# Fibonacci

# Fibonacci

ezequiel + 0 comments A comment for Scala.

[SPOILER]

I used Long in Scala. For those having problems with overflow you may note that we are looking for

`fib(n) % (10**8 + 7)`

A nice property I used is that:

`(a + b) % n = (a % n + b % n) % n`

So, you can calculate and make a memo on fib(n)%(10**8+7) instead of using slower representations of big numbers. I passed all tests, but I wonder if the extra mods calculations are more efficient than the other solutions you mentioned.

chrisbeach + 2 comments What data types did Scala hackers use for this? My results overflowed a Long, so I used BigDecimal, but this didn't feel right.

chrisbeach + 0 comments saheb + 1 comment BigInt :) always works.

sourcedelica + 0 comments Mine timed out on the last test case using BigInt.

weozUA + 0 comments Scala solution:

import scala.io.StdIn.{readInt => rInt} object Solution extends App { def fib(n: Int): Long = { def fib_tail(n: Int, a: Long, b: Long): Long = n match { case 0 => a case _ => fib_tail(n-1, b, (a + b) % mod) } fib_tail(n, 0, 1) } val mod = math.pow(10, 8).toInt + 7 for (_ <- 1 to rInt) println(fib(rInt)) }

frank_eggink + 0 comments A fast way to calculate the Fibonacci numbers is to generate them in one go.

import scala.io.StdIn.readInt object Solution { var M = 100000007 def fib(n: Int): List[Long] = { (2 to n).foldLeft(List[Long](1, 0)){ case(h1 :: h2 :: tail, n) => (h1 + h2) % M :: h1 :: h2 :: tail } } def main(args: Array[String]): Unit = { val cases = (1 to readInt).map(_ => readInt) val fibs = fib(cases.max).reverse cases.foreach(i => println(fibs(i))) } }

salman10862 + 0 comments That awkward moment when you realize you were supposed to use memoization.

Worked in Racket but I should redo this :/

Maybe tighten up the timing requirements for some of the languages? Small nitpick, still a valuable exercise.

cyzhaa + 1 comment haskell

it looks ugly,but it does work..

fibs = 0 : 1 : zipWith (+) fibs (tail fibs) main = getContents >>= putStrLn.unlines.(map (show.(`mod` (10^8 + 7)).last.(flip take fibs).(+1).read)).tail.lines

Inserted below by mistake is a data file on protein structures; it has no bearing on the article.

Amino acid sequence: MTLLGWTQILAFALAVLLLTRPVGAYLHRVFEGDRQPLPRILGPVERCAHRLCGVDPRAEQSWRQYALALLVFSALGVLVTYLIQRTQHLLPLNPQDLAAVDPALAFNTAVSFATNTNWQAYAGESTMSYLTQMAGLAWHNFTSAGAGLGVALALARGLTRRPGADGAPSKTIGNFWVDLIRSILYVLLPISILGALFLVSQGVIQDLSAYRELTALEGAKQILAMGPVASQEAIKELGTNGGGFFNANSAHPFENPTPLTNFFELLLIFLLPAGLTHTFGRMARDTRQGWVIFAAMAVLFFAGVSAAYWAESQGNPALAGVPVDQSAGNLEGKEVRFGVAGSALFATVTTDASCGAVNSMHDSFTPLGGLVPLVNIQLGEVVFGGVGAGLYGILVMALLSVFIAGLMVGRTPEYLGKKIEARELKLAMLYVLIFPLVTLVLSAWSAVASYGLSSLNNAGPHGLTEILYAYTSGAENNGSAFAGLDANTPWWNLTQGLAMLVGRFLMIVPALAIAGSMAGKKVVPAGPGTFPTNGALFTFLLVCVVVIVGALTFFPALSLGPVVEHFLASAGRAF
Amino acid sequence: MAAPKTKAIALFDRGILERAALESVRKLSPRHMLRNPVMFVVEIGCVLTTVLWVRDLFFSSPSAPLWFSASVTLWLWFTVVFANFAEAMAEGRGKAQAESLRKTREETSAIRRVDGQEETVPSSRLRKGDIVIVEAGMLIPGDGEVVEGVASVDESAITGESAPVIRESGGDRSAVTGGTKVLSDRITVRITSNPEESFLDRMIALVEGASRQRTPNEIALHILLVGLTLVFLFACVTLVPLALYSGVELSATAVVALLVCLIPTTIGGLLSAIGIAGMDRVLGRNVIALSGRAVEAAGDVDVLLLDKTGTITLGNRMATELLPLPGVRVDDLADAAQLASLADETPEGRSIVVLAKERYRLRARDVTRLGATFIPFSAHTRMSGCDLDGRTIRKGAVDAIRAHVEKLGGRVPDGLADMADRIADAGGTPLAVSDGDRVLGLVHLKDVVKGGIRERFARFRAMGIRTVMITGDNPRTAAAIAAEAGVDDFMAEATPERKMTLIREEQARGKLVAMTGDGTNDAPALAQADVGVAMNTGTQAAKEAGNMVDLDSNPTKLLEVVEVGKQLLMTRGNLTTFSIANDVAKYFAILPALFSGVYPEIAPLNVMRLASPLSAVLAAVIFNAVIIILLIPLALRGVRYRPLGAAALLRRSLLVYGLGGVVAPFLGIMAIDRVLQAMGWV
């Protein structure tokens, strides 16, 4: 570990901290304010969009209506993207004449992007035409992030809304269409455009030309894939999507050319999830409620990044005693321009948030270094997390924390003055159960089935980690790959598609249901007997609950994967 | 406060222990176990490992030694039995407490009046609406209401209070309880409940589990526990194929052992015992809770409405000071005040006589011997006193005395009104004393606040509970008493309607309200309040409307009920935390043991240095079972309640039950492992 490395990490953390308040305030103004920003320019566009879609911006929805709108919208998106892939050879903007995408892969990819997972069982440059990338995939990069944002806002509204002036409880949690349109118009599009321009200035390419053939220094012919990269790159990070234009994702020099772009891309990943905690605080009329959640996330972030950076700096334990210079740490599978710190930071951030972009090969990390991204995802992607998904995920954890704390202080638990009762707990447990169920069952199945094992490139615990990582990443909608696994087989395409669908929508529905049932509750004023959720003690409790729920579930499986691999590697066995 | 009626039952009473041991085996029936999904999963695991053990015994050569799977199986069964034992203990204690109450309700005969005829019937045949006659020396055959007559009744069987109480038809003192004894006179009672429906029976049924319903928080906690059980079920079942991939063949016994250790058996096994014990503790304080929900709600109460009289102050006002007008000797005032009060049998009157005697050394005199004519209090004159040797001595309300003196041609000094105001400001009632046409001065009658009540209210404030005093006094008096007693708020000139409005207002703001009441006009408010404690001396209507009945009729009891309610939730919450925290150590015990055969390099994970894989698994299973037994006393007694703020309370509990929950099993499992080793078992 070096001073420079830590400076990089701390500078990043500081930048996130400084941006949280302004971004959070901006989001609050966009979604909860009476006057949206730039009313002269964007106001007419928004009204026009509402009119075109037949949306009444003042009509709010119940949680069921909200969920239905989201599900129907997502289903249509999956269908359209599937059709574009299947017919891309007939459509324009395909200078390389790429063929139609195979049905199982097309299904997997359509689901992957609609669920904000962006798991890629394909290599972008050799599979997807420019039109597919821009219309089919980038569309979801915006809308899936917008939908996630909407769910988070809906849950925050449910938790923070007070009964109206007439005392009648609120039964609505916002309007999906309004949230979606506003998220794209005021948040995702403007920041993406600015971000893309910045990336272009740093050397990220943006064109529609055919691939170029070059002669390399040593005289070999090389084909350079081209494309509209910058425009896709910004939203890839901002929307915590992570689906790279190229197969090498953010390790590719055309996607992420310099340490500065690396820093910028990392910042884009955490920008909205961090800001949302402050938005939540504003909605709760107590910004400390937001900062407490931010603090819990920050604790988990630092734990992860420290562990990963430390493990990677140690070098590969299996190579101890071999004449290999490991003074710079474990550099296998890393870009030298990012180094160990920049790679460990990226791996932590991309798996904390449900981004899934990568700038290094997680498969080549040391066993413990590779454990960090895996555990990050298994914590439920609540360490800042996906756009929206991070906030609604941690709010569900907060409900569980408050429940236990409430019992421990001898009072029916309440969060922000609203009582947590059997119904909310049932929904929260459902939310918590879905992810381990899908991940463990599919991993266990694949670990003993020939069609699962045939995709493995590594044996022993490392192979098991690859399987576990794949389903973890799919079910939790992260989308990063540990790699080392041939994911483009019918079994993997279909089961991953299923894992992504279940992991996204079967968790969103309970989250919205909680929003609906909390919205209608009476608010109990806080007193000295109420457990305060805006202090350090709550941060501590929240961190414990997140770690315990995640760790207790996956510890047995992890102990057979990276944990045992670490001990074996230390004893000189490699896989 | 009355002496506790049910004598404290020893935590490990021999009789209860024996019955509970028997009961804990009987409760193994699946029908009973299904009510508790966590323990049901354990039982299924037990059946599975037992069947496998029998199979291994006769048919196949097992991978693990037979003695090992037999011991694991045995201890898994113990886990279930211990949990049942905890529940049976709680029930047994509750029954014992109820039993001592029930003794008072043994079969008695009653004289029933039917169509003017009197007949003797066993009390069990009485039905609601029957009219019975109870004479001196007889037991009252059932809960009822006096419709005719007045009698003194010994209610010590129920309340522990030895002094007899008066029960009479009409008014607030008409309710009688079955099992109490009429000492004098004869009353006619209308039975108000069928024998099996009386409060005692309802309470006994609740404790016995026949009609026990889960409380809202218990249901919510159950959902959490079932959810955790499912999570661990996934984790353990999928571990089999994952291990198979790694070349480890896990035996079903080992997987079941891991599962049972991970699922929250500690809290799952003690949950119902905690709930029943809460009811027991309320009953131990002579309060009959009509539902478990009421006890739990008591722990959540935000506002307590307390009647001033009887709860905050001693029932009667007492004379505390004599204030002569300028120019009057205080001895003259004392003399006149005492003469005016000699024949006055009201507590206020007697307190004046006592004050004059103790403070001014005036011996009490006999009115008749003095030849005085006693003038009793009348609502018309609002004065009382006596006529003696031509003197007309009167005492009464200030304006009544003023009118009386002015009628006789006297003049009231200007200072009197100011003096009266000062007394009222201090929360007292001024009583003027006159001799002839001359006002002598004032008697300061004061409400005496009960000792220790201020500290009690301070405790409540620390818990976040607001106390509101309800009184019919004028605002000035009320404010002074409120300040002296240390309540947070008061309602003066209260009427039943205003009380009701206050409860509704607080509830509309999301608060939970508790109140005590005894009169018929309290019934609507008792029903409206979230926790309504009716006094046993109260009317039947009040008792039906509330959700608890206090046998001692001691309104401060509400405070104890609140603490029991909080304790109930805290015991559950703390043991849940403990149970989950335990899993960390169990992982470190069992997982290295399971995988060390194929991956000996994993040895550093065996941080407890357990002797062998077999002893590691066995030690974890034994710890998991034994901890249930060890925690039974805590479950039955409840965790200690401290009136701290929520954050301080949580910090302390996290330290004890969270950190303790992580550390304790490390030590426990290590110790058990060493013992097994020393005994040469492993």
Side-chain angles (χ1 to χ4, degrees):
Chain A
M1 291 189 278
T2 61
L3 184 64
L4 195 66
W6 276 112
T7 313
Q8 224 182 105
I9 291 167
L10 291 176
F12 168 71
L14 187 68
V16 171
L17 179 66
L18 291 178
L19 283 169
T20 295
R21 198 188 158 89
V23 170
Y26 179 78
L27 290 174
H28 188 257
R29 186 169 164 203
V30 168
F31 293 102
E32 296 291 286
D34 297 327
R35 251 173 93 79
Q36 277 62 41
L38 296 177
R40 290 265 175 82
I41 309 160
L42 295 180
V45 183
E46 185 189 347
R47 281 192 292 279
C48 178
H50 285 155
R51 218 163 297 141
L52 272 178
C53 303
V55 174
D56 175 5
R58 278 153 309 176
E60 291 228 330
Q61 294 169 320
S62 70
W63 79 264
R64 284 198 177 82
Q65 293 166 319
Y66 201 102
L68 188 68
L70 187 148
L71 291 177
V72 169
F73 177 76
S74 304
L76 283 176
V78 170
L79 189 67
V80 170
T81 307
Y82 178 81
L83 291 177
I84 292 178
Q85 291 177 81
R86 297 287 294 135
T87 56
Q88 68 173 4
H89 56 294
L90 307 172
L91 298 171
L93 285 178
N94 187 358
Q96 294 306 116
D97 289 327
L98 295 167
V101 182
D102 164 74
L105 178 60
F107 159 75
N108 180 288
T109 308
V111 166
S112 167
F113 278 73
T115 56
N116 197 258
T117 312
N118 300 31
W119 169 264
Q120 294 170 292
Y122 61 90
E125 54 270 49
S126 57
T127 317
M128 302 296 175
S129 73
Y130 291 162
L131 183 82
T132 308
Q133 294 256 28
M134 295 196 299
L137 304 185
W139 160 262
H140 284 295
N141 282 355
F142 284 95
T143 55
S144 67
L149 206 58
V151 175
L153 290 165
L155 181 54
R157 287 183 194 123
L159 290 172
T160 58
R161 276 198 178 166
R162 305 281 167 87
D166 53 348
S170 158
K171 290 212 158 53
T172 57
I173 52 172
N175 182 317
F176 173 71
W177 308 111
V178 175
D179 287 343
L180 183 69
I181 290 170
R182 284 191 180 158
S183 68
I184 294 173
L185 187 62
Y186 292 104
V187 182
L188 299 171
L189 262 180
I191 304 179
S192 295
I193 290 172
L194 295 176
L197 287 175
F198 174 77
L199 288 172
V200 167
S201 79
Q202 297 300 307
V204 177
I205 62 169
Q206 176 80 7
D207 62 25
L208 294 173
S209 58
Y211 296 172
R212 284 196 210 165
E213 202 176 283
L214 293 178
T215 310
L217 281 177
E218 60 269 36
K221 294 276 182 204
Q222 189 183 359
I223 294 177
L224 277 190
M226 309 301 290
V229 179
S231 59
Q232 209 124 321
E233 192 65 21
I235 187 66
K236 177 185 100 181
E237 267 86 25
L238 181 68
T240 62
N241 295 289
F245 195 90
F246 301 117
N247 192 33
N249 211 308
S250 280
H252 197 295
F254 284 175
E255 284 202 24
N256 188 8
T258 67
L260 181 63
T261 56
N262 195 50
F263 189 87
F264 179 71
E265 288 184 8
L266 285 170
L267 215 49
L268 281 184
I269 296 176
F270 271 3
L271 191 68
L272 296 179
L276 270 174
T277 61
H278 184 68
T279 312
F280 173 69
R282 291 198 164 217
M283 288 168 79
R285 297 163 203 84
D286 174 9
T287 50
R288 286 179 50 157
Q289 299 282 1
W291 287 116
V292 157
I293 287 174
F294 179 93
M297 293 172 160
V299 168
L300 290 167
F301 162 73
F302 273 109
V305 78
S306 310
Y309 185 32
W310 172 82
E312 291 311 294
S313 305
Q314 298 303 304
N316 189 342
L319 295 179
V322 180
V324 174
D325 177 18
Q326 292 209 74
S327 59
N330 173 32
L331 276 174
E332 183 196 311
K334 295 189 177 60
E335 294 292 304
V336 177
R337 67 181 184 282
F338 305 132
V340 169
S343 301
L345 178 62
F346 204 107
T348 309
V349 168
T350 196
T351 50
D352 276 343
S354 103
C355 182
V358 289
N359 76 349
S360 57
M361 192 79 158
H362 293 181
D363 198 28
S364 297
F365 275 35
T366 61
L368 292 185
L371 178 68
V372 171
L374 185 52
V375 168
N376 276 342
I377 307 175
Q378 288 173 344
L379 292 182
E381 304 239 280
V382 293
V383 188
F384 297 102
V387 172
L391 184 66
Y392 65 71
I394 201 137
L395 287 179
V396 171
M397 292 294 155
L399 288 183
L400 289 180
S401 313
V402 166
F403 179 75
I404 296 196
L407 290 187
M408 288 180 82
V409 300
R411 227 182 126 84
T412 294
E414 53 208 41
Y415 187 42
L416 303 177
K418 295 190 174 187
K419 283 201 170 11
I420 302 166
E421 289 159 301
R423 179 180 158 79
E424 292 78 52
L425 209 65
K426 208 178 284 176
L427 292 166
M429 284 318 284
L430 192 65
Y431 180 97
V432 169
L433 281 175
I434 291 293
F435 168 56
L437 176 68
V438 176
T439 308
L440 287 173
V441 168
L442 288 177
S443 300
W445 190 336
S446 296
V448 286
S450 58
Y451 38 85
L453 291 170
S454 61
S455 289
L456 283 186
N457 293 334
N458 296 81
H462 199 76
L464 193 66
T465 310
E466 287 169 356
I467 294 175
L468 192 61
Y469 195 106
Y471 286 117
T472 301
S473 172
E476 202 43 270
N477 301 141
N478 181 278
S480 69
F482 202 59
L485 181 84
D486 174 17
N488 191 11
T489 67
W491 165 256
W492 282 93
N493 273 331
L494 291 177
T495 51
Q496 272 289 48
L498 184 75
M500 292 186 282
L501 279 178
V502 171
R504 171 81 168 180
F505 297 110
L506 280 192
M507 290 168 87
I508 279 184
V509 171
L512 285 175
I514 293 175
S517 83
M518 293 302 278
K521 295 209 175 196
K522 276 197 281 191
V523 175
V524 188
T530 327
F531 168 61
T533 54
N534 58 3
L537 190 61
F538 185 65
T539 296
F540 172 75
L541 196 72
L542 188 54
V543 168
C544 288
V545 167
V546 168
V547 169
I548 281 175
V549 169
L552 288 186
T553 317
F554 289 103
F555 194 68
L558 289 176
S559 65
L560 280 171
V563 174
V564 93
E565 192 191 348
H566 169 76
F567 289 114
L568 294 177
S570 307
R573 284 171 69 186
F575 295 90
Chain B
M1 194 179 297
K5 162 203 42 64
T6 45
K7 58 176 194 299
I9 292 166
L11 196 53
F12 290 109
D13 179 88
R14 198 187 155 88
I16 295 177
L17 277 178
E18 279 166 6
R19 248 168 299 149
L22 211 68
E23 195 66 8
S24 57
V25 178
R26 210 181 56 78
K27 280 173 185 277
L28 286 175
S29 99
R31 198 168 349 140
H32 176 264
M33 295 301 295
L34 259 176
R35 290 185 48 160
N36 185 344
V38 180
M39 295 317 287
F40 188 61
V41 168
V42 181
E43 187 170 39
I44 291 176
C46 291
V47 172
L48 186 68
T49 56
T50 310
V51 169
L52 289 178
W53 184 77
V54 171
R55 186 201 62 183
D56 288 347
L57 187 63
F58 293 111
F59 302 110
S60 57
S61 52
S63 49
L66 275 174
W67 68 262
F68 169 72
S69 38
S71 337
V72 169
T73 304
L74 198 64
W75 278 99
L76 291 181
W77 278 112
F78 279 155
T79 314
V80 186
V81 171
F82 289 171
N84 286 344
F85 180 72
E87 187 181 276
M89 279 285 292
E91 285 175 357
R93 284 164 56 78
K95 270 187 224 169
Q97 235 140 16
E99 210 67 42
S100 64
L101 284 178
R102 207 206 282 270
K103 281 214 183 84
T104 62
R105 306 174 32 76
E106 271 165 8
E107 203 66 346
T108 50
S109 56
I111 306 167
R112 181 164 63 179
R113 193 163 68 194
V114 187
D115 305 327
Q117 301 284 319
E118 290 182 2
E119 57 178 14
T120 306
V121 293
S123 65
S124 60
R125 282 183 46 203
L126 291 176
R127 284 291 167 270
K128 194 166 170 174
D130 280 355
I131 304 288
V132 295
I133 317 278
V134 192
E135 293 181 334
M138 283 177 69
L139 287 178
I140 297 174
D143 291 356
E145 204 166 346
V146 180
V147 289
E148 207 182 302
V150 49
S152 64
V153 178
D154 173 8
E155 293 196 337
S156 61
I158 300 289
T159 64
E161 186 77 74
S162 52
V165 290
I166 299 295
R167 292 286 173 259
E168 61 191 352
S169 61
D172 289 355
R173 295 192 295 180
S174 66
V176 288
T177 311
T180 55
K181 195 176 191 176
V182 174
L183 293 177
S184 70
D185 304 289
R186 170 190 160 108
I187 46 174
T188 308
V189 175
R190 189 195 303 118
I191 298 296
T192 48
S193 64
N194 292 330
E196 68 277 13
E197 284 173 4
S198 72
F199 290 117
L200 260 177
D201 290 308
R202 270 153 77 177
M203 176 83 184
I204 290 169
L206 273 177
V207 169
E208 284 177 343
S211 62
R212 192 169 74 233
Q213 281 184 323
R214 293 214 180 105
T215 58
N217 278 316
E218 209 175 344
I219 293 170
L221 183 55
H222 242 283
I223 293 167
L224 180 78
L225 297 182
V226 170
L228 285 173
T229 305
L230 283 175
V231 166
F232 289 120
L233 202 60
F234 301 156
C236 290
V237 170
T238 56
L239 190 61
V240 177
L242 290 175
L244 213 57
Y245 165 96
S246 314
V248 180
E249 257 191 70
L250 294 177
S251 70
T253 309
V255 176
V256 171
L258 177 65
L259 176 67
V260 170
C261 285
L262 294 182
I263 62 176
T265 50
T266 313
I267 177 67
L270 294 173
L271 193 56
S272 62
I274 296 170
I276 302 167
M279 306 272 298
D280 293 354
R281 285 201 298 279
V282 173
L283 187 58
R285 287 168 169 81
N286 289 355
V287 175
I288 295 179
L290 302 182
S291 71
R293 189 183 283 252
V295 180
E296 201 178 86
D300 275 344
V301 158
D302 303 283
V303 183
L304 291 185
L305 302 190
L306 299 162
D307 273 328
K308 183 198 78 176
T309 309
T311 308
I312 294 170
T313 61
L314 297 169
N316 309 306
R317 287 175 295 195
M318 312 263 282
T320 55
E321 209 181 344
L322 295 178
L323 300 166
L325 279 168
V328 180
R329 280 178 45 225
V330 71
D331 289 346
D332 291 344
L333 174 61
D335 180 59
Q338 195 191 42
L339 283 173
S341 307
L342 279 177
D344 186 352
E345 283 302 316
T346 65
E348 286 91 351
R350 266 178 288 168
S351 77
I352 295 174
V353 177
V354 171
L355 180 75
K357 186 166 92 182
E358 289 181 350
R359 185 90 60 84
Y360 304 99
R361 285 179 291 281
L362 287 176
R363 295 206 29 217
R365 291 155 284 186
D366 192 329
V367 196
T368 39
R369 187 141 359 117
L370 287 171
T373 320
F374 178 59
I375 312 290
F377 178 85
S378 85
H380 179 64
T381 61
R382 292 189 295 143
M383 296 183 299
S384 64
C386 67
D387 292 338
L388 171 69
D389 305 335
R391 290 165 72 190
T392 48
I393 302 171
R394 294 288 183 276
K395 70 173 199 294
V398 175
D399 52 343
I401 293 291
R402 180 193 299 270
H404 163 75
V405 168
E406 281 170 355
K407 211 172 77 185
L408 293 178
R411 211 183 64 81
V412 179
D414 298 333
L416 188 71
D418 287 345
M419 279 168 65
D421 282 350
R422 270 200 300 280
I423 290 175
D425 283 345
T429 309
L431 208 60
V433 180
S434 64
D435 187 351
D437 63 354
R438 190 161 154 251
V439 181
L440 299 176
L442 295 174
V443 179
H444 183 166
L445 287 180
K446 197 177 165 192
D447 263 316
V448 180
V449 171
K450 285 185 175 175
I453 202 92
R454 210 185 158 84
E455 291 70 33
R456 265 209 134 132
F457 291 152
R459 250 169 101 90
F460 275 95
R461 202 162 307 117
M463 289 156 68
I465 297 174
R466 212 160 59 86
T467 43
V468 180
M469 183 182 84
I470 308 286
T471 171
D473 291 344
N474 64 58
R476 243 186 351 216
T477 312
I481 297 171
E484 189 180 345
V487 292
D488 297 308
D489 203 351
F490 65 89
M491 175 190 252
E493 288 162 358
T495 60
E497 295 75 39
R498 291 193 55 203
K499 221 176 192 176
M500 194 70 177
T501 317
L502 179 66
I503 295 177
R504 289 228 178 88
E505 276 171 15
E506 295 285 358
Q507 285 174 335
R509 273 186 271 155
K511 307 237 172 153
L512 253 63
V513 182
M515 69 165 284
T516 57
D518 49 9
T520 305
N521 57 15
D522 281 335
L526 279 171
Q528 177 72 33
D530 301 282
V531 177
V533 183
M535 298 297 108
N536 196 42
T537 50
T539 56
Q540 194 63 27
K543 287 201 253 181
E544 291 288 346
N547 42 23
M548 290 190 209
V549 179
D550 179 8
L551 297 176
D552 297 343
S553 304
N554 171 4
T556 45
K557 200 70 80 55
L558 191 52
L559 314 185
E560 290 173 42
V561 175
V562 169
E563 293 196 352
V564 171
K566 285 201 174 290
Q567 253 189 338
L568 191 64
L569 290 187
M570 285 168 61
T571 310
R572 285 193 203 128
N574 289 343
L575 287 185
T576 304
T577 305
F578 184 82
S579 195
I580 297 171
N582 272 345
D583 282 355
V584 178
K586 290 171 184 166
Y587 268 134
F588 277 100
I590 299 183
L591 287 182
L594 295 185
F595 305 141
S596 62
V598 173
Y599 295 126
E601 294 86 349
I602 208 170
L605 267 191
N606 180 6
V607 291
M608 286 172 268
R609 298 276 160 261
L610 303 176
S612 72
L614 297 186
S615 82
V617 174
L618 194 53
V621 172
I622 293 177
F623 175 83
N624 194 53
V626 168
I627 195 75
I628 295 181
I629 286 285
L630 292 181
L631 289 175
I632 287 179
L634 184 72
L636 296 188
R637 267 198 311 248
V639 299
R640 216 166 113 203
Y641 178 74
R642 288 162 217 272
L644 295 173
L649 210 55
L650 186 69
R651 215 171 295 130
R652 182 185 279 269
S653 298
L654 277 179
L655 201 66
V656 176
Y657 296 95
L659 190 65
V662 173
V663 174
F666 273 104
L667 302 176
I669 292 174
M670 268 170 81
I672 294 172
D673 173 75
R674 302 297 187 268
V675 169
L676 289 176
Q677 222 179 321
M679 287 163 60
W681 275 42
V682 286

cyzhaa + 0 comments Does this question have some relationship with memoization or DP ? I think it's a recursion question.

zeotherm + 0 comments What is the timeout for this one? In F#, I can enumerate the answers for a Sequence from 0 to 10000 in just over 5 seconds on my laptop, yet I keep timing out on Test Case 3.

soooprmx + 1 comment how do I implement memoization in Haskell?

import Data.List fibos = take 10001 fibo 0 1 where fibo a b = a:(fibo b (a+b)) main = getLine >> getContents >>= putStrLn . unlines . map (show . fib . read) . lines where fib n = (flip mod (10^8+7)) . fibos !! n

ahmedrazasaeed + 0 comments I solved it by building a lazy list of fib numbers.

You can solve it without memoization by starting from 0 carrying the last two fib numbers with you.

fibHelper currentIndex desiredIndex currentFib prevFib =

something like that

ravipemt + 0 comments I am running into timeouts constantly. Any clue?

wisn98 + 2 comments ## Haskell Solution

If you just gave up with Haskell, here is my solution. But, I think my solution is not really great.

fib :: Integer -> Integer fib n = fibz n [0, 0, 1] where fibz :: Integer -> [Integer] -> Integer fibz 0 (_:y:_) = y fibz n (x:y:z:(_)) = fibz (n - 1) [y, z, y + z] main :: IO () main = do n <- readLn :: IO Int l <- fmap (take n . lines) getContents :: IO [String] let x = map read l :: [Integer] output x output :: [Integer] -> IO () output [] = return () output (x:xs) = print ((fib x) `mod` 100000007) >> output xs

paulpach + 2 comments A better way that take advantage of lazy evaluation in haskell is to use infinite recursion to calculate the serie of all fibonacci numbers

-- this has all the fibonacci numbers and never ends -- [0, 1, 1, 2, 3, 5, 8, 13, 21 ... ] -- but haskell does not calculate them unless you actually -- ask for them. fib = serie 0 1 where serie i j = i : serie j (i+j)

Then if you want the nth fib, all you have to do is:

fib !! n

which is very efficient O(n)

stephen_berks056 + 1 comment You can get logarithmic time.

fib :: Int -> Integer fib n = snd . foldl_ fib_ (1, 0) . dropWhile not $ [testBit n k | k <- let s = finiteBitSize n in [s-1,s-2..0]] where fib_ (f, g) p | p = (f * (f + 2*g), ss) | otherwise = (ss, g * (2*f - g)) where ss = f*f + g*g foldl_ = foldl' -- '

paulpach + 0 comments Ughh, that code is very hard to read, do you have an explanation?

ahmedrazasaeed + 0 comments One liner:

fib = ((++) [0, 1] [fib (n-2) + fib (n-1) | n <-[2..] ] !!)

Though I presume your solution would be faster since it uses ":"

penkovsky + 1 comment Indeed, an infinite list is much more elegant in Haskell.

import Control.Monad ( replicateM_ ) dial :: [Int] -> IO () dial fibs = readLn >>= (pure . (fibs !!)) >>= print main = do -- Fibonacci list let fibs = let f x y = (x + y) `rem` 100000007 in 0 : 1 : (zipWith f fibs (drop 1 fibs)) readLn >>= flip replicateM_ (dial fibs)

aleksei_maide + 0 comments rem and mod arent exactly the same... not that it matters in this context :)

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